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Dimensions of Experienced Responsive Teaching in Engineering

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2016 ASEE Annual Conference & Exposition


New Orleans, Louisiana

Publication Date

June 26, 2016

Start Date

June 26, 2016

End Date

August 28, 2016





Conference Session

K-12 & Pre-College Engineering Division: Student Reflection, Self-Perception, Misconceptions, and Uncertainty

Tagged Division

Pre-College Engineering Education Division

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Paper Authors


Aaron W. Johnson Tufts University

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Aaron W. Johnson is a postdoctoral research associate at the Tufts University Center for Engineering Education and Outreach. He received his Ph.D. in Aeronautics and Astronautics from the Massachusetts Institute of Technology in 2014, where his research focused on human-automation interaction in complex aerospace vehicles. Aaron also obtained a master's degree from MIT in 2010 and a bachelor's degree from the University of Michigan in 2008, both in aerospace engineering.

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Kristen B. Wendell Tufts University

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Kristen B. Wendell is Assistant Professor of Mechanical Engineering and Adjunct Assistant Professor of Education at Tufts University, where she leads an interdisciplinary research group at the Center for Engineering Education and Outreach.

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Jessica Watkins Tufts University

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This research paper details the dimensions of responsive teaching among elementary teachers experienced in facilitating engineering design learning experiences. It then presents a case study of a teacher new to engineering to discuss one possible trajectory to gaining this experience. Responsive teaching is a concept that captures how teachers elicit, notice, and respond to student thinking to support the development of students’ disciplinary ideas and their participation in disciplinary practices. A great deal of literature has focused on responsive teaching in science and mathematics, but there has been little research or professional development on responsive teaching in engineering. This paper investigates responsive teaching in the context of a new engineering program for elementary school students in which fiction and non-fiction texts serve as the basis for engineering projects.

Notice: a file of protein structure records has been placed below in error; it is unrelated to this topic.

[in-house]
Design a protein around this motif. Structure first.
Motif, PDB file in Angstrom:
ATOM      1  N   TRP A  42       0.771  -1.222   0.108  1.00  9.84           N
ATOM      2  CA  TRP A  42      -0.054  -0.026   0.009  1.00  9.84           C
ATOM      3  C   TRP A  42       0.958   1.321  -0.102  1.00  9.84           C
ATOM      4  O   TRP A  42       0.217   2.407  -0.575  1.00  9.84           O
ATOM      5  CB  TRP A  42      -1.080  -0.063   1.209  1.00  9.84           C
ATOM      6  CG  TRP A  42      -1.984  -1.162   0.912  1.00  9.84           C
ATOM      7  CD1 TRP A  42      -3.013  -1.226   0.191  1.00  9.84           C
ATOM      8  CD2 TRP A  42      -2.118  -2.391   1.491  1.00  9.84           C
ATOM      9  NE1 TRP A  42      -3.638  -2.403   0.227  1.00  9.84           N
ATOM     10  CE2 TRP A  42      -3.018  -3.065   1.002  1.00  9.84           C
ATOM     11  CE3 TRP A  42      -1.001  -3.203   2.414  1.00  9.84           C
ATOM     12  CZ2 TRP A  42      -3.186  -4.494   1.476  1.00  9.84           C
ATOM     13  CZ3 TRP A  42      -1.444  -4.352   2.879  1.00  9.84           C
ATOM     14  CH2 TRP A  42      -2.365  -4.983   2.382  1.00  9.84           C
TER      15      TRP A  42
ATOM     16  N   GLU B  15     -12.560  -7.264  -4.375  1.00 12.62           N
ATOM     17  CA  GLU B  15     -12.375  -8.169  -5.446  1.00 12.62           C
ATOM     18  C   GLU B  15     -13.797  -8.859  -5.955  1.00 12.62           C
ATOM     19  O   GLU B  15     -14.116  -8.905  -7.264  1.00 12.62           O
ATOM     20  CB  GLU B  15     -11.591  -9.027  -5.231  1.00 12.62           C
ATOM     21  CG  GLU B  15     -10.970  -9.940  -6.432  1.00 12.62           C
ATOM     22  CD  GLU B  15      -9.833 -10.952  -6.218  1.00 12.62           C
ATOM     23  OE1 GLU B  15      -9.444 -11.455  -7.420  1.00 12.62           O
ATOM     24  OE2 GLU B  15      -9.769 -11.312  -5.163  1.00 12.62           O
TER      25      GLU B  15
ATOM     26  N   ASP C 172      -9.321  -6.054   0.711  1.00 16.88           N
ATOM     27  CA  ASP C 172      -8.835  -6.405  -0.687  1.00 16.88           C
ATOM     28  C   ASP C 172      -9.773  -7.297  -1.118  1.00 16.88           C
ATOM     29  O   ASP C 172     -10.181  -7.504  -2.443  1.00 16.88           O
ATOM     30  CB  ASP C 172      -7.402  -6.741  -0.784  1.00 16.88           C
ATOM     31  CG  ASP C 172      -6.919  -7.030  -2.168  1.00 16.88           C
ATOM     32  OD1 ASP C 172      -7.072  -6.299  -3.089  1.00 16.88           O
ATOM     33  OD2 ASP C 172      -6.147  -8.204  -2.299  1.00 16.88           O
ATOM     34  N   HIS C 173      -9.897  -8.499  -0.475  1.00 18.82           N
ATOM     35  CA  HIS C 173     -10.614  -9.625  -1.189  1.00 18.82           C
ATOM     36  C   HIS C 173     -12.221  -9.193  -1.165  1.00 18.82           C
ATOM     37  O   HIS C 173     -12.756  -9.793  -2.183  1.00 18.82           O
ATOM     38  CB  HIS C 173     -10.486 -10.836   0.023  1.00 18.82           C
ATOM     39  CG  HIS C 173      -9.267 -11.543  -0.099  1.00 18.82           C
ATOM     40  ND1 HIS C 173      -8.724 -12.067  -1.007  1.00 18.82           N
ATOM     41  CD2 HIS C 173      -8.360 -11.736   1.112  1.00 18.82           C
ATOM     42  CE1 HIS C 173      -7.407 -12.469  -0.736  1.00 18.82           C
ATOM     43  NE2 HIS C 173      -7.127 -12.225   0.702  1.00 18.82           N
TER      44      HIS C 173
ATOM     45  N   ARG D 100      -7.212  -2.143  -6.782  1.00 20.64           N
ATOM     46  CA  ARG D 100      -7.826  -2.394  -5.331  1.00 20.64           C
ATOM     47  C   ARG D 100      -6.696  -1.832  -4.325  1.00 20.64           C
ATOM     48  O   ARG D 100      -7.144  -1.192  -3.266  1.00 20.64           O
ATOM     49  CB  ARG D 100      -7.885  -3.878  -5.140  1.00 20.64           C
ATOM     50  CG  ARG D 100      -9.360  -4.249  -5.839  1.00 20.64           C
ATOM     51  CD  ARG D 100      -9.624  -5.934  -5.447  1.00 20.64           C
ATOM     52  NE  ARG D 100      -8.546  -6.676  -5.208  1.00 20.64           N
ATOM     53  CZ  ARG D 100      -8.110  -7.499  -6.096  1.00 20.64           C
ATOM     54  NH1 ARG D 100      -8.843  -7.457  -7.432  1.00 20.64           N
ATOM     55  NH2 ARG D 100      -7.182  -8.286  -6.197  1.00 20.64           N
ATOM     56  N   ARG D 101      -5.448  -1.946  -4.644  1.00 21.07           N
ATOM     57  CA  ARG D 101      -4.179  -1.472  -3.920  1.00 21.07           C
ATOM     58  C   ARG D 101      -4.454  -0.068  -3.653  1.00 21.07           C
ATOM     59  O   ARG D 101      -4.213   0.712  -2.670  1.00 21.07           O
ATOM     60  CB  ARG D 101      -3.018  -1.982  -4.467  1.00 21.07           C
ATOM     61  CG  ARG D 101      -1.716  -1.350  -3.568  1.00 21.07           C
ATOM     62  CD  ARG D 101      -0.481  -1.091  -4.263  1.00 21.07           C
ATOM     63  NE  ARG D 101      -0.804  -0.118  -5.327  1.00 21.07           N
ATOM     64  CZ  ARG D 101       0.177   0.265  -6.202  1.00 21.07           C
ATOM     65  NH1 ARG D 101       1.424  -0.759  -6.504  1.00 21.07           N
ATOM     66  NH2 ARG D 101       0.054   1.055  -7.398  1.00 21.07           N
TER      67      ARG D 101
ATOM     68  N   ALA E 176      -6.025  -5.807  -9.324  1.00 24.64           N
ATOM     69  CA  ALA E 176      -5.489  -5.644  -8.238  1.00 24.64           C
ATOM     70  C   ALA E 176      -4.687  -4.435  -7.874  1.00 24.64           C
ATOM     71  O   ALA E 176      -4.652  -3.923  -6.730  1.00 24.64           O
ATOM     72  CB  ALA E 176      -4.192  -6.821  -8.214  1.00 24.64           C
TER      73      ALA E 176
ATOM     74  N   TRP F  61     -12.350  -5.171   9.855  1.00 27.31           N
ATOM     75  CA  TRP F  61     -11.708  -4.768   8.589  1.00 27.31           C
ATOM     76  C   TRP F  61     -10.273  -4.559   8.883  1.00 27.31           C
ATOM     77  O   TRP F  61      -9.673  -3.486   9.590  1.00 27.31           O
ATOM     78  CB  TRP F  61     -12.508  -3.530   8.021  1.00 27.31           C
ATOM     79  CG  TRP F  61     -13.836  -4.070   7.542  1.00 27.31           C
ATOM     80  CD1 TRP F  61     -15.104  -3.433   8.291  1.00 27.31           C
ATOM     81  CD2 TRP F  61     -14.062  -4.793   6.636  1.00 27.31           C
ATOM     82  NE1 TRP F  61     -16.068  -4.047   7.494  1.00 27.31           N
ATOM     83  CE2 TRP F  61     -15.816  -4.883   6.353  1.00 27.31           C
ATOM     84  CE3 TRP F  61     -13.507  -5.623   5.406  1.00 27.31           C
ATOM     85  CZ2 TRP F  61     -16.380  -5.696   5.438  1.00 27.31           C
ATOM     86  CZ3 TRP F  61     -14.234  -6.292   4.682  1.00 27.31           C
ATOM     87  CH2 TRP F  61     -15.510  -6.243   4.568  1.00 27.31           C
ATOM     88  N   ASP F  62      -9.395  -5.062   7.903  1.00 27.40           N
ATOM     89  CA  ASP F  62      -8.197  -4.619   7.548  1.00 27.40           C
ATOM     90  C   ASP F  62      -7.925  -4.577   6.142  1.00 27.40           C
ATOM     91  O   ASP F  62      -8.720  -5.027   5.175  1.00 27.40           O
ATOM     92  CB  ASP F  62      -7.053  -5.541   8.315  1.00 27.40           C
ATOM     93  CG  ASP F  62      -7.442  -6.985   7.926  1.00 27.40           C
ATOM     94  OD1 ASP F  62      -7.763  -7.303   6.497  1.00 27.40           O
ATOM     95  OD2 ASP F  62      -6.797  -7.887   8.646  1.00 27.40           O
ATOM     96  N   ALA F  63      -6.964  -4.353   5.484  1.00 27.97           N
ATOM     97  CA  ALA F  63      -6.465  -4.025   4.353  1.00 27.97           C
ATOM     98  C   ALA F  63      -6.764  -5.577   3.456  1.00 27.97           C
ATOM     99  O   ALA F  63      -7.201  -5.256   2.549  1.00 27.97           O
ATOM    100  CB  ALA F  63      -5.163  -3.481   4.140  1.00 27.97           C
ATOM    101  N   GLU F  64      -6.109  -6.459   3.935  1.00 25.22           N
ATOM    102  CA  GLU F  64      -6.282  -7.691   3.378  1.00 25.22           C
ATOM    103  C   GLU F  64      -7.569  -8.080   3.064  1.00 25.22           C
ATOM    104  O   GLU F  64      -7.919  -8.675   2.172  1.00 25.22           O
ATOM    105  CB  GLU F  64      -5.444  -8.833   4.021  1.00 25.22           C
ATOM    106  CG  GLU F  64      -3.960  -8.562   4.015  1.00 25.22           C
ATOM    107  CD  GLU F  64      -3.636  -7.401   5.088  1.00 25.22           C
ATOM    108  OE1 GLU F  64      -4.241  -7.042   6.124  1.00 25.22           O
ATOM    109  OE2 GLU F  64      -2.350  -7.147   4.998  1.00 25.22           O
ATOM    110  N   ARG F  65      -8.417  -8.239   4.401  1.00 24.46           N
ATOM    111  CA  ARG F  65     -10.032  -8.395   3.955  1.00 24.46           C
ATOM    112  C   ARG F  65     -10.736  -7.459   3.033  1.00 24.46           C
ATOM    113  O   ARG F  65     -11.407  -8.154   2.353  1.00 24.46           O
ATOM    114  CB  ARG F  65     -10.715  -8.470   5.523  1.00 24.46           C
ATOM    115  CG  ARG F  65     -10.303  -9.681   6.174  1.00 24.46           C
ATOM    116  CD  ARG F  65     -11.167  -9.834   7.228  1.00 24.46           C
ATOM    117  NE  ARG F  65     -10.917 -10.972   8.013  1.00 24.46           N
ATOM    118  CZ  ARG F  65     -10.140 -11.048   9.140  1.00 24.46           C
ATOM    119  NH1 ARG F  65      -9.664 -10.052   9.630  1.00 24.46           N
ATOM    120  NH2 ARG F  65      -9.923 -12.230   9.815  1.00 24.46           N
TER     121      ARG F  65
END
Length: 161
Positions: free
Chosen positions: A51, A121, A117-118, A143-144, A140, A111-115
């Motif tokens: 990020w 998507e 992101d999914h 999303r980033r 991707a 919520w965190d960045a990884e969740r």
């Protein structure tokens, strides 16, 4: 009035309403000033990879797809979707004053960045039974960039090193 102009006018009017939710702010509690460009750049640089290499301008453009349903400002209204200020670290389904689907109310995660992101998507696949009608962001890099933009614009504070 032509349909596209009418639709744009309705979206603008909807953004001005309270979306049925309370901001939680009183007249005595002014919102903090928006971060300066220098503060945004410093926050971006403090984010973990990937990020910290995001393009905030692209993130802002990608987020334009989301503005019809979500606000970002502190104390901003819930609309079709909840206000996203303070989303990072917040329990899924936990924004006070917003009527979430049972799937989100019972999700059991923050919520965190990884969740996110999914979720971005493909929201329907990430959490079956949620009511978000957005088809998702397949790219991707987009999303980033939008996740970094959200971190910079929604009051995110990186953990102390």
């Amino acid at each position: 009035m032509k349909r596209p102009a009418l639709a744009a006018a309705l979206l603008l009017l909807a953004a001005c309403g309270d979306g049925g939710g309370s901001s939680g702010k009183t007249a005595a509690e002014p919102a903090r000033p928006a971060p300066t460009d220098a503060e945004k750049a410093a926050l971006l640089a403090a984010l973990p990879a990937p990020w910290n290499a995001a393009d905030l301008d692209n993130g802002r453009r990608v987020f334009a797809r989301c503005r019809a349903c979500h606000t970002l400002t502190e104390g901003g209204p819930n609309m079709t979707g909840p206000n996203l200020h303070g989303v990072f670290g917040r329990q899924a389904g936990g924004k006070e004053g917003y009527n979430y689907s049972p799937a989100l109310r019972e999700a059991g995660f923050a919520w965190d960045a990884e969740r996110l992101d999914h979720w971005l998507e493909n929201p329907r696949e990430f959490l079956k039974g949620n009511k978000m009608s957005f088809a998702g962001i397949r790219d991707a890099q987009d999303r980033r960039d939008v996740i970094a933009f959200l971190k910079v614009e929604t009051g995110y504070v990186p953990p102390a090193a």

Prior work on this project looked at what in-service elementary teachers new to engineering noticed in video episodes of students solving design problems and how these teachers envisioned responding to the students. We build on this work by identifying a set of dimensions of responsive teaching using teachers experienced in engineering. We analyzed interviews with six teachers who had completed at least two years of the new engineering curriculum in their classes. In these interviews the teachers discussed their implementation of the curriculum and reflected on videos of their students working on their engineering projects. We analyzed these interviews to answer two research questions: 1) In what ways did experienced teachers notice and interpret disciplinary aspects of their students’ engineering design? and 2) What challenges do teachers describe in responding to their students’ engineering design work?

Four themes emerged from our analysis of teacher interviews. Teachers noticed students’ framing of the project – how they saw students foreground the story and the characters, classroom norms and teacher expectations, or both simultaneously. Teachers also noticed students engaging in particular aspects of the engineering design process, such as testing and iterating on their physical prototypes. More than this, however, the teachers noticed how student behaviors in these phases of the engineering design process resembled those of informed designers. Finally, experienced teachers noticed social dynamics in a way that was more nuanced than teachers new to engineering. The prior research found that new teachers commented that students were “working together well,” but experienced teachers commented on students communicating about and negotiating the functionality of their engineering design solutions. In addition to discussing noticing and interpreting students’ engineering design, many teachers also discussed how they responded to their students’ work and challenges that they faced in determining the best response.

These findings suggest that teachers with no formal background in engineering can notice disciplinary aspects of their students’ engineering design and flexibly respond to their students’ work to support their engagement in engineering design. Once teachers can notice disciplinary aspects of students’ engineering design, they can actively work to promote these in class and give elementary students experience with the open-ended problems of the engineering profession and the actual strategies that engineers use to solve these problems.

Johnson, A. W., & Wendell, K. B., & Watkins, J. (2016, June), Dimensions of Experienced Responsive Teaching in Engineering Paper presented at 2016 ASEE Annual Conference & Exposition, New Orleans, Louisiana. 10.18260/p.26846

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